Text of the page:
As a born master, the Indian felt his individual soul expand into the Atman which pervaded the entire universe and lived within his own breast as his innermost self. The concept of an impersonal nature, rich and virtually all-provident, could not divorce him from this metaphysical union. An active life, which was always demanded as an ineluctable duty of the world-renouncing thinker, gave place more and more to the aim of journeying into the universe of the soul. This transition to the pure light of knowledge led to the noble attempt to overcome nature through reason. There is no doubt that many Indians, as individual personalities and aristocrats, were successful in this quest. But for later men only the teaching remained, devoid of its vital racial prerequisite.

Soon the rich, blood-based meaning of Varna was entirely lost. Today it is only a division between technical, professional, and other classes and has degenerated into the vilest travesty of the wisest idea in world history. The later Indian did not comprehend the three-fold significance Blood, Self, and Universe. He saw only the last two. And he perished in the attempt at isolated contemplation of the Self and in racial pollution, whose modern products are wretched mongrels, seeking healing for their crippled existence in the waters of the Ganges.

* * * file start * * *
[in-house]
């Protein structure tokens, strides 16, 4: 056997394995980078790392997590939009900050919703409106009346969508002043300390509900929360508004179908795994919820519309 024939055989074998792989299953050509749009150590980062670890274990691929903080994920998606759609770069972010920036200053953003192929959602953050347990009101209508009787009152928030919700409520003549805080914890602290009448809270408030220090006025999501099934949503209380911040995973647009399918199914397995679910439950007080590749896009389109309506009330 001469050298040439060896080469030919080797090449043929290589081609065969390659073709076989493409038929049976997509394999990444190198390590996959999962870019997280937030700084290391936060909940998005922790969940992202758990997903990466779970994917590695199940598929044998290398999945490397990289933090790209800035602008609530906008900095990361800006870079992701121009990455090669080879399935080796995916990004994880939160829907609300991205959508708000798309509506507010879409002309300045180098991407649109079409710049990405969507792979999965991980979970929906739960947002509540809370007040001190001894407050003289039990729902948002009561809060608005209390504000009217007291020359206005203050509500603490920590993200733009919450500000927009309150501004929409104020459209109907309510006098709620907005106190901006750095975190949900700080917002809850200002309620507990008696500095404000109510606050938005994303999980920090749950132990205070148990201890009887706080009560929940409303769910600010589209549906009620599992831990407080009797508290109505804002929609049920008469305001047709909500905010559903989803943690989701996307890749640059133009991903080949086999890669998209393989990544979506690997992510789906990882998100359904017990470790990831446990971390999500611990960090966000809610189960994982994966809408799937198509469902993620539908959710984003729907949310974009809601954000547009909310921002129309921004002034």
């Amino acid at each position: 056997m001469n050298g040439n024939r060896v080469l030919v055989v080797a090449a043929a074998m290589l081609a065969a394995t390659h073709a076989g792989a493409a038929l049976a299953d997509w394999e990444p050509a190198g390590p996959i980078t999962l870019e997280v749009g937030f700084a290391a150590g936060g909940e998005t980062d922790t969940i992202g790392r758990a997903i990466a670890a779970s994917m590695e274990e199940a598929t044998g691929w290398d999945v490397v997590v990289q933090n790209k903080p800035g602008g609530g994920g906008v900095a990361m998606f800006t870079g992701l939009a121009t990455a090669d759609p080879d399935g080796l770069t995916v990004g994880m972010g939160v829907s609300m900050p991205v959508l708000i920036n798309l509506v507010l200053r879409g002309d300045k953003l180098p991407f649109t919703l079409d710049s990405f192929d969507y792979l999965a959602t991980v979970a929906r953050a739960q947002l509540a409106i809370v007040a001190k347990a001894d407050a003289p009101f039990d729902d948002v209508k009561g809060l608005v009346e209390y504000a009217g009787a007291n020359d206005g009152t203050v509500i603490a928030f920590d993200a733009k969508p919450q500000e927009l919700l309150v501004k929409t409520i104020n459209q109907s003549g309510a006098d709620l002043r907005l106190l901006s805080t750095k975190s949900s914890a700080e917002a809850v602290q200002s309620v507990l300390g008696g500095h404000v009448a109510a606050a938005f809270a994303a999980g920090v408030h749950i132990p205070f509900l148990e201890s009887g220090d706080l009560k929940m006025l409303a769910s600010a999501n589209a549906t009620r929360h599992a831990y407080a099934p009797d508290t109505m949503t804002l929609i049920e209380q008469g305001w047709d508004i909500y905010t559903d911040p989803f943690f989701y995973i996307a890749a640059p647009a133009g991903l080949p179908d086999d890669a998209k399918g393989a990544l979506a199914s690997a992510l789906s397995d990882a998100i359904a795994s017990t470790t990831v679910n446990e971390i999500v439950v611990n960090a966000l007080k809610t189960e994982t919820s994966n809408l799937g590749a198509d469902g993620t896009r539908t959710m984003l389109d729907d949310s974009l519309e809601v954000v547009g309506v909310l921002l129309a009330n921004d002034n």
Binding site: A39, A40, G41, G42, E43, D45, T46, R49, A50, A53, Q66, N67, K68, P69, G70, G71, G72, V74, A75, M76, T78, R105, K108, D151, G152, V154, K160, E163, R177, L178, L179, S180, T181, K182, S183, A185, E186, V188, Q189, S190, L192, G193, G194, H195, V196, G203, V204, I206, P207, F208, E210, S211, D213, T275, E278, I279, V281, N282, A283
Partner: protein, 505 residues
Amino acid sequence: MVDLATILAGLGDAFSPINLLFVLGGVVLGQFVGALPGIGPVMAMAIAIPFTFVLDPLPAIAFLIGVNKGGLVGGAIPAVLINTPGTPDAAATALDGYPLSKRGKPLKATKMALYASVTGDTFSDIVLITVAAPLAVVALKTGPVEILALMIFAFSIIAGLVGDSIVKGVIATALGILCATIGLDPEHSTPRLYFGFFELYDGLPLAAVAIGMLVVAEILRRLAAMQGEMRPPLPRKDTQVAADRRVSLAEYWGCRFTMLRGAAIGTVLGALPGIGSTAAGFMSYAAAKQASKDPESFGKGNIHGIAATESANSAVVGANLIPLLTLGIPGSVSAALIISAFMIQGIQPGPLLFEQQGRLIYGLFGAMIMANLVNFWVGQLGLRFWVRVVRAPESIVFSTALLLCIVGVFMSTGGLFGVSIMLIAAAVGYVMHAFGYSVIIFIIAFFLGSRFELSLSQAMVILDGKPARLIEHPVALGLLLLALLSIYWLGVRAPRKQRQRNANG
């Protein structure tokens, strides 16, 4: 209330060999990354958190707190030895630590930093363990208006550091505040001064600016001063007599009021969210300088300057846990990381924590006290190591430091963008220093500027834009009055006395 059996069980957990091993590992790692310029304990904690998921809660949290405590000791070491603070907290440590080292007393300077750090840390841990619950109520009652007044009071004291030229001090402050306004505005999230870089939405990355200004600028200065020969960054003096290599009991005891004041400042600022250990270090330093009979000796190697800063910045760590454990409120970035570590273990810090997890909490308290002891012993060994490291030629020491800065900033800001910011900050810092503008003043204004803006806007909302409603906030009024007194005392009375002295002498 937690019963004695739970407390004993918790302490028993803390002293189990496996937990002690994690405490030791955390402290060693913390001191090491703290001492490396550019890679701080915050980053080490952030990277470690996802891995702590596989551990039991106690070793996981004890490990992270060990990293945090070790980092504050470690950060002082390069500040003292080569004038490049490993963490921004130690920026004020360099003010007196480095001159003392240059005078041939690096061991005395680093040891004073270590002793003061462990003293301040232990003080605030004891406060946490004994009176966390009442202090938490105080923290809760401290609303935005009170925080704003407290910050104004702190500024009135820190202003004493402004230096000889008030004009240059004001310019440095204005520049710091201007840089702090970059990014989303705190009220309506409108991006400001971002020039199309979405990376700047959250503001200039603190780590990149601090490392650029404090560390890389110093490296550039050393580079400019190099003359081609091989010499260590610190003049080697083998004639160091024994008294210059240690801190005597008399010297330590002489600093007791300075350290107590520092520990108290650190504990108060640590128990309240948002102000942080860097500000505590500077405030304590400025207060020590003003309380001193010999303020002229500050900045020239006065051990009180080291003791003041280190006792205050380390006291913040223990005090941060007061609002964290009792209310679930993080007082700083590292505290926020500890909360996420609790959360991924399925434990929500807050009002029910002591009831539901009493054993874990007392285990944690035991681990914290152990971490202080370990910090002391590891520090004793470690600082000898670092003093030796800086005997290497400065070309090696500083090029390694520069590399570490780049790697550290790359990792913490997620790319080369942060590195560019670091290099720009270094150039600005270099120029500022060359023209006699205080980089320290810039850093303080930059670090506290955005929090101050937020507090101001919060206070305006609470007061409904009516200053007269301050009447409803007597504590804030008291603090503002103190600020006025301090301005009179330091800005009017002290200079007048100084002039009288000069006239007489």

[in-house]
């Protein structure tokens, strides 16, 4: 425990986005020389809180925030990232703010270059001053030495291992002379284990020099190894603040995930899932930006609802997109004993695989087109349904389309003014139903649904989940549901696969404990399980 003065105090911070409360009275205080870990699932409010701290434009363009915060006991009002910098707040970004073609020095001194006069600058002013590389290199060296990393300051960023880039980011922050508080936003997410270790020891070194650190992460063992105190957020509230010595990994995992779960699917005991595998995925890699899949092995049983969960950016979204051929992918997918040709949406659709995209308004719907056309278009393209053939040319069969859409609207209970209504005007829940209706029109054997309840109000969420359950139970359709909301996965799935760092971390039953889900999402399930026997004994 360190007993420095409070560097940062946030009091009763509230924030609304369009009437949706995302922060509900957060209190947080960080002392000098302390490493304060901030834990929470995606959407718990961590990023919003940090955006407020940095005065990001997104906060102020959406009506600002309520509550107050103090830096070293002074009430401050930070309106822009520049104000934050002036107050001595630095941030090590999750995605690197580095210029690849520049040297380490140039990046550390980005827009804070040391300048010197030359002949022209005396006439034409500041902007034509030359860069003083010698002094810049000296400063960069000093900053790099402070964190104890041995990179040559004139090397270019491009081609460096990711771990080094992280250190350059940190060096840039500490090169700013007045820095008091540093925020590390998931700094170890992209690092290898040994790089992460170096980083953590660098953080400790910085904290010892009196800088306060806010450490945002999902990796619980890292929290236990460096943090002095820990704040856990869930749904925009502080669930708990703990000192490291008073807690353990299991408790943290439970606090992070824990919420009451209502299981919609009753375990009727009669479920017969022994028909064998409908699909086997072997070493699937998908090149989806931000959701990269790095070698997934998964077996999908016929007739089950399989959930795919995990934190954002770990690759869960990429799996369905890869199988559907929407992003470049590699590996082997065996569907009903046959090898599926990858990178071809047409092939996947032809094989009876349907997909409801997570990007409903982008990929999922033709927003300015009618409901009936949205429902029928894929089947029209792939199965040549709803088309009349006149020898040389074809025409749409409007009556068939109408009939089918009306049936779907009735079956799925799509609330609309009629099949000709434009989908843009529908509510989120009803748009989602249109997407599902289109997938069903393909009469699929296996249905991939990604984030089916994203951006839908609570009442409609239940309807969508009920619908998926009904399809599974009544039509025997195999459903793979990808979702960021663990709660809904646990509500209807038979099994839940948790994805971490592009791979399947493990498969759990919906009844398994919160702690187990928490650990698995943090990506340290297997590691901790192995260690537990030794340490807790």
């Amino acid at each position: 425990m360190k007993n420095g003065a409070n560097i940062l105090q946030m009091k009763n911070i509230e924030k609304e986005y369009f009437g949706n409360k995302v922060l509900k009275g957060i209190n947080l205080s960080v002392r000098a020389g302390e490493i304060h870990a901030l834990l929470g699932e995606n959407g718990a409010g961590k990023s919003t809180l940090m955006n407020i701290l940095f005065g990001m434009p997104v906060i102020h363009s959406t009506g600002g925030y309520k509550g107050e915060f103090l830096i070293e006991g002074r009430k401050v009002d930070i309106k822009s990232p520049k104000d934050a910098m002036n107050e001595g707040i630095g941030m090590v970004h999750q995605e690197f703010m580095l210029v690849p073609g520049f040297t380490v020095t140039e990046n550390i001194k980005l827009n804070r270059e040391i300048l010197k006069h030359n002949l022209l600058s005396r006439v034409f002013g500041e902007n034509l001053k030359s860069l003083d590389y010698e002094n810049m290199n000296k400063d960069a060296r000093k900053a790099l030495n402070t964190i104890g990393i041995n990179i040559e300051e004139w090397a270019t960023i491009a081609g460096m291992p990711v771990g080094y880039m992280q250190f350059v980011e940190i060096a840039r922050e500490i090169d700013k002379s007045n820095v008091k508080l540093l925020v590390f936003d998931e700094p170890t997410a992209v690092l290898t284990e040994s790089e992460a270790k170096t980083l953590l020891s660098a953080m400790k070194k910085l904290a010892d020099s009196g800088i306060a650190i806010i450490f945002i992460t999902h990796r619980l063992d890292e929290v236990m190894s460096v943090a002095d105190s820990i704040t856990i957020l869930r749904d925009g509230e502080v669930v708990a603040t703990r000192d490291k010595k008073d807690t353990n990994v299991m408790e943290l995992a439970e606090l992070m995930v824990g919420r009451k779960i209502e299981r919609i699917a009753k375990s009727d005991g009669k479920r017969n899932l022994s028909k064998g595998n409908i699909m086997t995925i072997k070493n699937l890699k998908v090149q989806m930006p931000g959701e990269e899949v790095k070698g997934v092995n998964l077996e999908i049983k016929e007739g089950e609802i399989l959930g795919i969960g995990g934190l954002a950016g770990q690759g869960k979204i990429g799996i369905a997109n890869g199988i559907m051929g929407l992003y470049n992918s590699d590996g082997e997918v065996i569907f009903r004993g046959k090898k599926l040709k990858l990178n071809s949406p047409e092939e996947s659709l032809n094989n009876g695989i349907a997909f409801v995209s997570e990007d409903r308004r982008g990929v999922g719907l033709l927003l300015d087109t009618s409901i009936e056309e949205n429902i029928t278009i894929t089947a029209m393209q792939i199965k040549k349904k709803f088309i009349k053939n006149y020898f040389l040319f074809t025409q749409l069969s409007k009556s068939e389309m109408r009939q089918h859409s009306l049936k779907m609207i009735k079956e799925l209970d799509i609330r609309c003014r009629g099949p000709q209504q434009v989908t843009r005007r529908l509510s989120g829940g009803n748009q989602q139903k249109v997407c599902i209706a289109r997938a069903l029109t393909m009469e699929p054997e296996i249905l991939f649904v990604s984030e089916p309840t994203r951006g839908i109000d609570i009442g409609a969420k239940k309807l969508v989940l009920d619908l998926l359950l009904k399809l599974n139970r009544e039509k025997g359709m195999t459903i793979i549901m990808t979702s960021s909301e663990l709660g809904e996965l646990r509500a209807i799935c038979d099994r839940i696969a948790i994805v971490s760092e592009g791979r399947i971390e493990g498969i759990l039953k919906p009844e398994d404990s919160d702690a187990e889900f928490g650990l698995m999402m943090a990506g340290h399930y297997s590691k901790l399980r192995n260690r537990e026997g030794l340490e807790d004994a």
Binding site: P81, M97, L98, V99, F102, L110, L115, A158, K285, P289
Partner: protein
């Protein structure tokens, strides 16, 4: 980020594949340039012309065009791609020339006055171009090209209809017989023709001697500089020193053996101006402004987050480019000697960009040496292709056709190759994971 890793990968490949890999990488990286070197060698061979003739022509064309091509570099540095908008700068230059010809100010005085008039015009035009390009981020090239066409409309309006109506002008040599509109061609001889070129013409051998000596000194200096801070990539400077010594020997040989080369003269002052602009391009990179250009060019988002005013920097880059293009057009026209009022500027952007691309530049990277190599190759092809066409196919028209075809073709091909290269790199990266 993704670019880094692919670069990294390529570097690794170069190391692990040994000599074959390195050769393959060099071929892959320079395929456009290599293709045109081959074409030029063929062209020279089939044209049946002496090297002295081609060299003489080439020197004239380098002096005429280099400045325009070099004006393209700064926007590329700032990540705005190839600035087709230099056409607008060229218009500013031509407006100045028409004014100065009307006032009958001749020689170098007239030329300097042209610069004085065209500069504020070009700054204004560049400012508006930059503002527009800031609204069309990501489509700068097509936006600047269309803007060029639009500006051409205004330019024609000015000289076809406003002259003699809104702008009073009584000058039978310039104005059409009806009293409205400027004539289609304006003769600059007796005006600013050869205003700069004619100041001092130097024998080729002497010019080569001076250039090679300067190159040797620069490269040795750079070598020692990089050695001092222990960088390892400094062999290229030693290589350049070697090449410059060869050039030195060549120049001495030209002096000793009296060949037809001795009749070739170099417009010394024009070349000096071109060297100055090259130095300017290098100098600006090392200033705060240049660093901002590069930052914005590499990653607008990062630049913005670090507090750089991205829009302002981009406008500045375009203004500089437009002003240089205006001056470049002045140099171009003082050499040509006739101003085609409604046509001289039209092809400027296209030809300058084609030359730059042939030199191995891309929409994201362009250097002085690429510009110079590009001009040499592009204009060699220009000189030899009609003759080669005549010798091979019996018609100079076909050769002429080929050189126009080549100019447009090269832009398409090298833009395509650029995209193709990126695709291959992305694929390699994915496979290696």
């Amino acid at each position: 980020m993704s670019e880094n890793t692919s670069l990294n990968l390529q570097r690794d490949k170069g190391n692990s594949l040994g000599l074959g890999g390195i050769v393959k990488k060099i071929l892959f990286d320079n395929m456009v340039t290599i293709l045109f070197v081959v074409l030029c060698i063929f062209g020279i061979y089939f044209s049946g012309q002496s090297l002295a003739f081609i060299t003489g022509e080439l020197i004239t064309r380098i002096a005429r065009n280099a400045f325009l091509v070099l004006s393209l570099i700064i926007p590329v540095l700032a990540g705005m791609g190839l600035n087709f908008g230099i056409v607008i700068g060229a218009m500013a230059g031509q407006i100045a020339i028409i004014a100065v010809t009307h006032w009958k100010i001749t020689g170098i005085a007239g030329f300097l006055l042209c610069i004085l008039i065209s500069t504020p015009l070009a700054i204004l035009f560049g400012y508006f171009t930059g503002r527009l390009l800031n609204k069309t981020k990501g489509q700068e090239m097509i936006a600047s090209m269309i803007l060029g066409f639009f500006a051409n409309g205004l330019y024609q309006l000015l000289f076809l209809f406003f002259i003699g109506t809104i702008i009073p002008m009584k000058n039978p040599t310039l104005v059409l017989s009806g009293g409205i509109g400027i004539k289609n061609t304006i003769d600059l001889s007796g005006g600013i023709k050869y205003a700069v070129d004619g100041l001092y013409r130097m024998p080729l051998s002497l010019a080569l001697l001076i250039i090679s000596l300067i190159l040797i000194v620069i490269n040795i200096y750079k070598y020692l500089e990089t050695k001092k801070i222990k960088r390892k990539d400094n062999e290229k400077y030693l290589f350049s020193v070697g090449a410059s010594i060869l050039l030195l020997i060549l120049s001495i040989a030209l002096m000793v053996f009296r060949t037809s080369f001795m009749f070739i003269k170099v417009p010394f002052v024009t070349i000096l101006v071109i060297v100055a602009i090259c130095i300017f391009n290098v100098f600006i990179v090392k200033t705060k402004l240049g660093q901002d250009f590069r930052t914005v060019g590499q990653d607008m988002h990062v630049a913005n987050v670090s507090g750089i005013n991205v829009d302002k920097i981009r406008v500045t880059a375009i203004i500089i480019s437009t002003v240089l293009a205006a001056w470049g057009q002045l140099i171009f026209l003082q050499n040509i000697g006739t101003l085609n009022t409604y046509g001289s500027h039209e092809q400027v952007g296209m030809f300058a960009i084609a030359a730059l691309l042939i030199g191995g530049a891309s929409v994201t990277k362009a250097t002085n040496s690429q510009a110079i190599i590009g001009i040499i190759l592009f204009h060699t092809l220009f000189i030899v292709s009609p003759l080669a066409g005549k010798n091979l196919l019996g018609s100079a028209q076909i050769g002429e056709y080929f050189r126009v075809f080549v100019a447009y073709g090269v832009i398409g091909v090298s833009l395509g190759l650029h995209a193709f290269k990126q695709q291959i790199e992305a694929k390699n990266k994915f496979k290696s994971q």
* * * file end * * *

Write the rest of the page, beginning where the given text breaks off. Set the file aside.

After he had "overcome" the polarized ideas of self-universe by a rational choice in favor of the one part, the Indian monist also endeavored to eliminate the antithesis between them and violently to attain freedom through nature and master nature through freedom. He, therefore, was inclined to regard race and personality as being aspects of a higher concept and as illusionary. The late Indian monist came to see nature as something unreal -- an evil dream. The only reality for him was the world soul (Brahman) and its eternal reoccurrence in the individual soul (Atman). With this turning away from nature in general, the once clear idea and concept of race became ever more hazy. Philosophic dogma uprooted instinct from its earthly basis. If the only reality is the world-soul and if Atman is essentially one with it, then individuality vanishes and an undifferentiated universal oneness is achieved.